The vast majority of treaties provide investors with a choice between various dispute resolution options – typically local courts, ICSID arbitration, ICC arbitration and ad hoc arbitration under the UNCITRAL Rules. Some treaties provide for additional avenues of litigation. For example, the Belgium BIT provides for disputes to be submitted to the Arab Investment Tribunal in accordance with chapter six of the Unified Agreement for Investment of Arab Capital, to the GCC Commercial Arbitration Center, and to any other forum. The UK BIT on the other hand only provides for arbitration under the UNCITRAL Rules, which the parties can agree to modify.

The Sweden BIT indicates that in case of disagreement between the parties as to whether conciliation or arbitration is the more appropriate method to resolve the dispute, the investor has the right to chose.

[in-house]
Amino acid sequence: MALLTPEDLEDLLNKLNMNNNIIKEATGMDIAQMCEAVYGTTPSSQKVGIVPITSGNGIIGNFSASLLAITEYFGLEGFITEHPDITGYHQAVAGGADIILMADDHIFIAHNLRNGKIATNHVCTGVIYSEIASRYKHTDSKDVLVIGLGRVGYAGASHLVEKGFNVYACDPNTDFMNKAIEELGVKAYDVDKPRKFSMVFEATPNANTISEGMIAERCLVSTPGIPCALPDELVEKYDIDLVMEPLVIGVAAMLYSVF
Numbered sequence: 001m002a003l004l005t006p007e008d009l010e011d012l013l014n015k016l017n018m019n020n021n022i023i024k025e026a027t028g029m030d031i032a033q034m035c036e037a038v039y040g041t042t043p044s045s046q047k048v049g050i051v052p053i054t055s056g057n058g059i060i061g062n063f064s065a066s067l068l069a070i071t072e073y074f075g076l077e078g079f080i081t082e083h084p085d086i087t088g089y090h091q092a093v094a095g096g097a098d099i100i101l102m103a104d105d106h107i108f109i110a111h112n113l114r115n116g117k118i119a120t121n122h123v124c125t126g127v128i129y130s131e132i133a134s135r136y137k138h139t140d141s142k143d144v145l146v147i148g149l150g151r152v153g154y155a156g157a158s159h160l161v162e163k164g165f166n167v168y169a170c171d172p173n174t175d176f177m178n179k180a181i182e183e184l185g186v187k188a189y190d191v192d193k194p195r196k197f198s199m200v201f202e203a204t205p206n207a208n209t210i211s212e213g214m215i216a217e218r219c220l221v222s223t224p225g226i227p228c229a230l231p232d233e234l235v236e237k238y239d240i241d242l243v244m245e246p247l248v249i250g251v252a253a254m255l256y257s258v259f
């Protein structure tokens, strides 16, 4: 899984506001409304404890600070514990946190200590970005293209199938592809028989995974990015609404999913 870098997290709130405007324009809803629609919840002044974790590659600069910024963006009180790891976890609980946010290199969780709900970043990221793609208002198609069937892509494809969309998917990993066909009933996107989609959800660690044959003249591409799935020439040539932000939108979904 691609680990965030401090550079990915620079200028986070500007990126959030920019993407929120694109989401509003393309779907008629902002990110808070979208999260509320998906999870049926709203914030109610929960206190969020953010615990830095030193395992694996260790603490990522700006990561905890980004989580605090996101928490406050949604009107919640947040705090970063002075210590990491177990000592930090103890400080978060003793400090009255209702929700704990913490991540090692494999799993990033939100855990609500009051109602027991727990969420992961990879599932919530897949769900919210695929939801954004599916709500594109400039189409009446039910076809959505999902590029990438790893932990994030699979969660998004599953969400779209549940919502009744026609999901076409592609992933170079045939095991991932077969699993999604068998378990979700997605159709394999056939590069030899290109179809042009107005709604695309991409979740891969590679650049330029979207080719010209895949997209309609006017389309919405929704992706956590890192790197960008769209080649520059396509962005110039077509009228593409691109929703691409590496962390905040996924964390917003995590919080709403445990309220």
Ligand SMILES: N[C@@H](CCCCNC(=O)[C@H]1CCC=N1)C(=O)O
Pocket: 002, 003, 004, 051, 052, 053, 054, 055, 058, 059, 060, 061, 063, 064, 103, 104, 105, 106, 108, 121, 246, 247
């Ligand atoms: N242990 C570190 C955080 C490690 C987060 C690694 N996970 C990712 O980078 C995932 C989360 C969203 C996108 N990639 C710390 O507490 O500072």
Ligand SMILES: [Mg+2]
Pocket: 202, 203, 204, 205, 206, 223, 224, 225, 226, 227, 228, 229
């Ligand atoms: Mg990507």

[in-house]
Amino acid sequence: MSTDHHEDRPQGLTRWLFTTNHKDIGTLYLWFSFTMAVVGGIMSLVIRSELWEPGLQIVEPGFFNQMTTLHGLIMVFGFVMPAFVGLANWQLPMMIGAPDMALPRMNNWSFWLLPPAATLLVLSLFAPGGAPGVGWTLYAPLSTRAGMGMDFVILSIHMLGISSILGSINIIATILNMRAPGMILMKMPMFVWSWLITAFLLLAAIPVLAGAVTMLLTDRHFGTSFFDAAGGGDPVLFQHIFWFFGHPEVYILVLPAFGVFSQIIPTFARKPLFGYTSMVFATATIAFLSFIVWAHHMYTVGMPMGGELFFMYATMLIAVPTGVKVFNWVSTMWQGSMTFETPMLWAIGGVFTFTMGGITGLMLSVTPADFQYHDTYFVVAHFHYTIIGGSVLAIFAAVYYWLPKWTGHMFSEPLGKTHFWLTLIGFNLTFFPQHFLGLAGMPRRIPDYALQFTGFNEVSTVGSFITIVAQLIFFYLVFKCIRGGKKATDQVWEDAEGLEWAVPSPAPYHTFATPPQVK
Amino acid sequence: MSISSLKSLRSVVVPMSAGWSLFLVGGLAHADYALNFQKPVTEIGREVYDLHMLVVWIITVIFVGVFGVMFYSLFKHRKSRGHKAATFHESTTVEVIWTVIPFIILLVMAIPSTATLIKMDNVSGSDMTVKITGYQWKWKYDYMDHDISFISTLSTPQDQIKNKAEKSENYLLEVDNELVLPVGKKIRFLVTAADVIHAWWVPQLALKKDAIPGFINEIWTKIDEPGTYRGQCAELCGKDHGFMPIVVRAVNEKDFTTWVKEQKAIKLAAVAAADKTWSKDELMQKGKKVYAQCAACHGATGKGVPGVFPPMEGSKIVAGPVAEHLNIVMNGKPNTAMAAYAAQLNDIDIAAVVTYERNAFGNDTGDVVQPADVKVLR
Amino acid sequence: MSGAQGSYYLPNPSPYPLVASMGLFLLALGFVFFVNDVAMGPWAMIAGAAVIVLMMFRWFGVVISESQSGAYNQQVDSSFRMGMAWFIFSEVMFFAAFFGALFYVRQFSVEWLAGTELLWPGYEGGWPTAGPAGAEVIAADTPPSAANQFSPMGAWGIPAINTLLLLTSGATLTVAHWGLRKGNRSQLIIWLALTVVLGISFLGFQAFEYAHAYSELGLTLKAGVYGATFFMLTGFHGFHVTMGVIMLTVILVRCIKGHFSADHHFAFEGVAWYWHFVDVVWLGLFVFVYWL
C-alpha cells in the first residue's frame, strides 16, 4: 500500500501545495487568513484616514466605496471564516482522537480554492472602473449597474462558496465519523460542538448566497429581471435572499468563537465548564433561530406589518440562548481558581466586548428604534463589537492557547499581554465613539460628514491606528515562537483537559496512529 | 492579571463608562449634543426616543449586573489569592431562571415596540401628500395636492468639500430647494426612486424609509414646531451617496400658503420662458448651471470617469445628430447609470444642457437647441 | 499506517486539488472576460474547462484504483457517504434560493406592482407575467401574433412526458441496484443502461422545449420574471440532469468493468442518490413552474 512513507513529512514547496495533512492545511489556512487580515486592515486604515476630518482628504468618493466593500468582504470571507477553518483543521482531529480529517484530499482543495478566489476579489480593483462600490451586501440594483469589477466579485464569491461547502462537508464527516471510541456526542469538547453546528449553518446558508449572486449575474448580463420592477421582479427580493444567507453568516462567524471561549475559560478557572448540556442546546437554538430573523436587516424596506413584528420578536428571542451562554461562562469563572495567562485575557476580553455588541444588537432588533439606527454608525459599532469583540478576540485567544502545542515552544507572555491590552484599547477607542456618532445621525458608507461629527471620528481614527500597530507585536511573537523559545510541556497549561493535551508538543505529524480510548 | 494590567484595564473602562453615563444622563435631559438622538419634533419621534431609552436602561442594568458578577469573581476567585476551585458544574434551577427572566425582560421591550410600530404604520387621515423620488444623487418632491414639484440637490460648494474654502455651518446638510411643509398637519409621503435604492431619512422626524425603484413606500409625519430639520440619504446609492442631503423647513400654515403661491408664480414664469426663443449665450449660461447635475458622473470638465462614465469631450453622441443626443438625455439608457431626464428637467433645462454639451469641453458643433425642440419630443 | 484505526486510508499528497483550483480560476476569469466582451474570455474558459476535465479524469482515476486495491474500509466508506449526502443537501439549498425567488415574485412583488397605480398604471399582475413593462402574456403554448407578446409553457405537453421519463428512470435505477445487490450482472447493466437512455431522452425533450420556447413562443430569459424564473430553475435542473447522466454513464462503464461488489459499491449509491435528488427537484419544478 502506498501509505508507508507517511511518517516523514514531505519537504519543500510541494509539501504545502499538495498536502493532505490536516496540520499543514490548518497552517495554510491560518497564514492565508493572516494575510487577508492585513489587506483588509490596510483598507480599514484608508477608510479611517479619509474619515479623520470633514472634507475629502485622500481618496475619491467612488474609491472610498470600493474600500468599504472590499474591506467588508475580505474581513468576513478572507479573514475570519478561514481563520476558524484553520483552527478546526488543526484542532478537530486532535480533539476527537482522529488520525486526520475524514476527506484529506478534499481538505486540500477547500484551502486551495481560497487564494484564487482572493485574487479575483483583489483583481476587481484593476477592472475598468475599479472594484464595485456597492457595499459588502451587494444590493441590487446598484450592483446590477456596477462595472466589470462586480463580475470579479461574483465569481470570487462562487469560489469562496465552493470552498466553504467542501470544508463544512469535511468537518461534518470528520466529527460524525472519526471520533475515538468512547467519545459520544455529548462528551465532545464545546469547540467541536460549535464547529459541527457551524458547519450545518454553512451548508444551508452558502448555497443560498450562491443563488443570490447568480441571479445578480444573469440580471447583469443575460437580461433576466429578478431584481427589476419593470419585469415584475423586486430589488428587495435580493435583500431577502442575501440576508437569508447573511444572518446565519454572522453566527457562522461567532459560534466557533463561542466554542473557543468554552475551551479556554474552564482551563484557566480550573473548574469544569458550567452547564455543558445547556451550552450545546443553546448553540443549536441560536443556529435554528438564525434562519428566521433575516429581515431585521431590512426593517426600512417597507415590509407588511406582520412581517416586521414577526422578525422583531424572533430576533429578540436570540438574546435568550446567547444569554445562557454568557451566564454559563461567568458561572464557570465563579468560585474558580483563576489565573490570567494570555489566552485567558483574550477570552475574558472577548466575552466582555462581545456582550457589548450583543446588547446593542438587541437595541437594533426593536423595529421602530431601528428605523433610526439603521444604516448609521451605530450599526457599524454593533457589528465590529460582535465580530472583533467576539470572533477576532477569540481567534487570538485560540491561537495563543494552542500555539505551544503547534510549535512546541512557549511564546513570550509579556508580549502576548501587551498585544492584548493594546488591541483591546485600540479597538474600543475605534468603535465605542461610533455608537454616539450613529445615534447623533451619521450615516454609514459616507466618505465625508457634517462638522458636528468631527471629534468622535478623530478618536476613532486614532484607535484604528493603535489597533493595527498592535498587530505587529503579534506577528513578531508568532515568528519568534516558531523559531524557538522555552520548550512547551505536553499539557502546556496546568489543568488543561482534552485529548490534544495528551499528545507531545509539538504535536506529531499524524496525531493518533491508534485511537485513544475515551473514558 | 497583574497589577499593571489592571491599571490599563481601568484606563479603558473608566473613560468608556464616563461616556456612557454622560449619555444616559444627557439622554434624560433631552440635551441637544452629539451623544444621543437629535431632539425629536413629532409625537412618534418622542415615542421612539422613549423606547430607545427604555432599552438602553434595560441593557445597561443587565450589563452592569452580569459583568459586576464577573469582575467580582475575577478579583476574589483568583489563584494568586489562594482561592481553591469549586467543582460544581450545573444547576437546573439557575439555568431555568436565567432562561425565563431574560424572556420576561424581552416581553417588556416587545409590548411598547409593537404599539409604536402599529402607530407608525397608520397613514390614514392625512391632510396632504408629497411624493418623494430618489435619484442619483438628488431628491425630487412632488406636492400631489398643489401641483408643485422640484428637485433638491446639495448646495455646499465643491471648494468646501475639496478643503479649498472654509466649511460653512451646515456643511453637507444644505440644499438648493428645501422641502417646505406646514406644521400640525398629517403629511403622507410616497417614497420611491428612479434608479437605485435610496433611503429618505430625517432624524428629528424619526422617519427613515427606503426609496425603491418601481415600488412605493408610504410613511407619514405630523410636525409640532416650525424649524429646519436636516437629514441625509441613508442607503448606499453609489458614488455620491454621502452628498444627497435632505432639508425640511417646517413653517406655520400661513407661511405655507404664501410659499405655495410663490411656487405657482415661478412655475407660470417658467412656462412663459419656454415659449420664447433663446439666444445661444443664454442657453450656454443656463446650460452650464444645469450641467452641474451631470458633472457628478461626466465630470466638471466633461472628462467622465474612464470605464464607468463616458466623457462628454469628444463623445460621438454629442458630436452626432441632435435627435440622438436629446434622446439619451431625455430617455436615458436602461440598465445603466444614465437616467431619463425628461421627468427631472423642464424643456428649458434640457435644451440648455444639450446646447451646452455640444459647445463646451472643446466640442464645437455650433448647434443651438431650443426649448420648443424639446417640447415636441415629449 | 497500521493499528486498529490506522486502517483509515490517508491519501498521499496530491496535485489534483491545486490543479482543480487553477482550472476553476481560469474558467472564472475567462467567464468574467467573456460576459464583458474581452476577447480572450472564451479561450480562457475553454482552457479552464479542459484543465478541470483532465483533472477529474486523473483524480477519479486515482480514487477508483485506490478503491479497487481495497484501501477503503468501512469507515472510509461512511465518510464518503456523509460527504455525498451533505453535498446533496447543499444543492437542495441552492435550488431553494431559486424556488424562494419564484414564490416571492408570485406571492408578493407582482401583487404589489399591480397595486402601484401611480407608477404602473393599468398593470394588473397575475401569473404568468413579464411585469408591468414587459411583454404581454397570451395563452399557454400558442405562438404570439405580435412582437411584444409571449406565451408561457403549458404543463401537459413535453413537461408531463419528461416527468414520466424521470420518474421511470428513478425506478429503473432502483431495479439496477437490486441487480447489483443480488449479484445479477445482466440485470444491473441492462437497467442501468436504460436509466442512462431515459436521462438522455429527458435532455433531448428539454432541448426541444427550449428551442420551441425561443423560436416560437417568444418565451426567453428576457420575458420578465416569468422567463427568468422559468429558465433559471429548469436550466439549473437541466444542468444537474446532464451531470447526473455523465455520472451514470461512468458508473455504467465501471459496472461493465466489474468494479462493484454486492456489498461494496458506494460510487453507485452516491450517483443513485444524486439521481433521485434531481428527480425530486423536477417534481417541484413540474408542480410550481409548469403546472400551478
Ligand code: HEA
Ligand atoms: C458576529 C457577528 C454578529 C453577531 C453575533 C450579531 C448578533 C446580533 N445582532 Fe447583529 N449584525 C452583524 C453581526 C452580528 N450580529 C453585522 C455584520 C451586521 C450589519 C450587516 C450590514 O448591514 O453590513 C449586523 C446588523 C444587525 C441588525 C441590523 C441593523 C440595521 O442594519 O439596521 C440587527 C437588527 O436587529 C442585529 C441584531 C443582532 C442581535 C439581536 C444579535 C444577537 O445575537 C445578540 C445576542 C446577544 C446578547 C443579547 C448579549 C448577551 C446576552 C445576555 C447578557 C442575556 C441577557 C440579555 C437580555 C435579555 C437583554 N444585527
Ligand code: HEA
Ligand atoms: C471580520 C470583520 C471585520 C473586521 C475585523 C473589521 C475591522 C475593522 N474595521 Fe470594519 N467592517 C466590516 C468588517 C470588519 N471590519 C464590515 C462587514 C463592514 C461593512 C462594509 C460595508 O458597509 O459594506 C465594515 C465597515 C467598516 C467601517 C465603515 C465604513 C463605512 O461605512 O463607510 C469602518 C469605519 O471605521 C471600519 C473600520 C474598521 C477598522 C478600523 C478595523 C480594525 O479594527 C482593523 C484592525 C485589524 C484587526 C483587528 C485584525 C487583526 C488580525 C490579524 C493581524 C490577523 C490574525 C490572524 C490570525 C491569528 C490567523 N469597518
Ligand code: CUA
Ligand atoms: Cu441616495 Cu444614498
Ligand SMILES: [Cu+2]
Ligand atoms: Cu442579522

Fork in the road

In many treaties where the investor has a choice between dispute resolution methods, the investor's choice is expressly binding and final. This is the case for example for the Algeria, Austria, China and Belgium treaties.

The Japan treaty contains a variant on a fork-in-the-road clause: investors can always seek administrative or judicial settlement before the local courts of the host state, but they can only bring the dispute to arbitration once they have withdrawn their claims with the local courts before any final decision is made.

Exhaustion of local remedies

The Austria BIT provides that the exhaustion of local ('administrative or judicial') remedies is not a condition precedent to the right of the investors to commence arbitration proceedings.

Applicable law